Welcome to The Language Scientists!

We are Dr Kaitlyn Zavaleta and Dr Marie-Josee Bisson, your hosts on The Language Scientists podcast.

We are both Senior Lecturers at De Montfort University and we conduct research on language learning.   

Throughout the series we talk to experts in the field of language learning and beyond to impart informative, evidence based and practical advice. The topics range from incidental learning, eye-tracking, learning vocabulary though reading, creative assessments, using virtual reality in the classroom, training phonological abilities, randomised control trials, speech errors and conducting research online.    

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Meet The Language Scientists

Marie-Josée Bisson

Personal Language Learning Journey 

I am a native speaker of French (from Canada) who gradually learnt English. I would say that I am now a fluent French-English bilingual. I also learnt Spanish in college and had the chance to travel in Equator to test my knowledge. I love Spanish! The language has so many similarities to my native language; it was fun and easy to pick up for me. I also started learning German during a student exchange when I was 15 and then doing some formal German learning in college. I love watching films in German or Spanish to help me “keep those languages” fresh in my mind. I still have much to learn though! 

Why I love being a Language Scientist? 

My love affair with languages started when I lived in Germany for 3 months as a 15-year-old. Living with a family there and wanting to communicate with people really pushed me to go beyond myself and try my language skills. It opened a whole world to me and not just linguistically but also culturally and emotionally. I feel the need to connect with people and I am always intrigued when I hear people talking in other languages around me. I want to share this love of language with everyone; languages can open your mind and your heart.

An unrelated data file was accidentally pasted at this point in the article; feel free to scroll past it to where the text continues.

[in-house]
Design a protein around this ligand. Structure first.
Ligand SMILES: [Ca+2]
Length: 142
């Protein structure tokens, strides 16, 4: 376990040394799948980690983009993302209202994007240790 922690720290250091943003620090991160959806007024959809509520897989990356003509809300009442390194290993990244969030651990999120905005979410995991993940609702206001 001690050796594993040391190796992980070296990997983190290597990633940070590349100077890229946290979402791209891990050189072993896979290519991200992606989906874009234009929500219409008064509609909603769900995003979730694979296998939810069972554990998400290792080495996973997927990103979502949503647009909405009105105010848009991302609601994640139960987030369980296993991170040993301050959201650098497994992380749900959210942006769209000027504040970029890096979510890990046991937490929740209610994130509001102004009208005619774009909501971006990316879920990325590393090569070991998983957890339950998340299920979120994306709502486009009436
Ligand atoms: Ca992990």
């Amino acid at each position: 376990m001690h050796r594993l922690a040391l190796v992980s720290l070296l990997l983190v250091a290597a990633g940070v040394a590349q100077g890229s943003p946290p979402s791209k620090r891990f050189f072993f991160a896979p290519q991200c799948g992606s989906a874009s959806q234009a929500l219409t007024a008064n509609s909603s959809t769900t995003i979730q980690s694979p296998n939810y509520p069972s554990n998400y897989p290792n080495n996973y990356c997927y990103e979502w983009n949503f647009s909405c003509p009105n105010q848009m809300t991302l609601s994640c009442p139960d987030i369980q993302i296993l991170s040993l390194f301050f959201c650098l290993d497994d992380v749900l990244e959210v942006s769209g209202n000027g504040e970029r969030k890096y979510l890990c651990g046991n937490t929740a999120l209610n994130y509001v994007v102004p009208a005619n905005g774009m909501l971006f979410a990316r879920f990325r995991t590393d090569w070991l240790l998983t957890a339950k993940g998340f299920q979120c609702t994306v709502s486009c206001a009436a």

My research 

My research interests are on first and second language learning/acquisition, implicit and explicit learning, bilingualism, and psycholinguistics. As well as behavioural research methods, I conduct experiments using eye-tracking and electroencephalography (EEG). 

Kaitlyn Zavaleta

Personal language learning journey

My love of languages began very early on. I fell completely in love with “Beauty and the Beast” as a child; I was fascinated by the idea that people in other parts of the world used a different language to communicate and write books in. My grandma arranged for French tutoring when I was 7 and from then on, I absorbed what French I could. I took French in high school and then enrolled as a French major at university, until I discovered a degree where you could learn ALL about languages (i.e., Linguistics) and I felt like a kid in a candy shop. I speak French and I can speak conversational Spanish (and understand more). I studied Arabic for a year, Latin for a semester, and tried to learn Russian on my own (got as far as the alphabet and basic words). My home is a bit multilingual: my husband is native English-Spanish bilingual and our children understand some Spanish and French that we sprinkle in.

Why I love being a Language Scientist

My favourite reason is just getting to “geek out” and enthuse about languages and language learning with others. In the podcast, I’m talking about one of the topics I’m most excited about and interested in – and get to share that with others. The second reason is that I think it is so important to share this information beyond academia. Language is a central part of human behaviour – this is part of your everyday experience. Learning more about it shouldn’t be a classroom-only or higher education-only conversation. Scientists should do what they can to bring the knowledge out!

My research

I am a psycholinguist. My research expertise lies at the intersection of psychology and linguistics with a focus on bilingualism and second language acquisition (SLA). Specifically, I’m interested in how an adult speaker learns and uses two or more languages. I typically use behavioural methods but I also conduct research with event-related potentials (ERP) and eye-tracking.

Latest episodes

S3 E4: Nurturing heritage languages in the community: Part 2 

In this episode Dr Marie-Josée Bisson interviews Sajan Odedra from the Jalaram Bal Vikas Gujarati language [...]

S3 E3: Nurturing heritage languages in the community: Part 1

In this episode Dr Marie-Josée Bisson interviews Dr Marion Krauthaker about “La petite école de Leicester” a community [...]

S3 E2: Who is a heritage language speaker?

What does it mean to be a “heritage speaker”? The answer is a bit complicated. [...]

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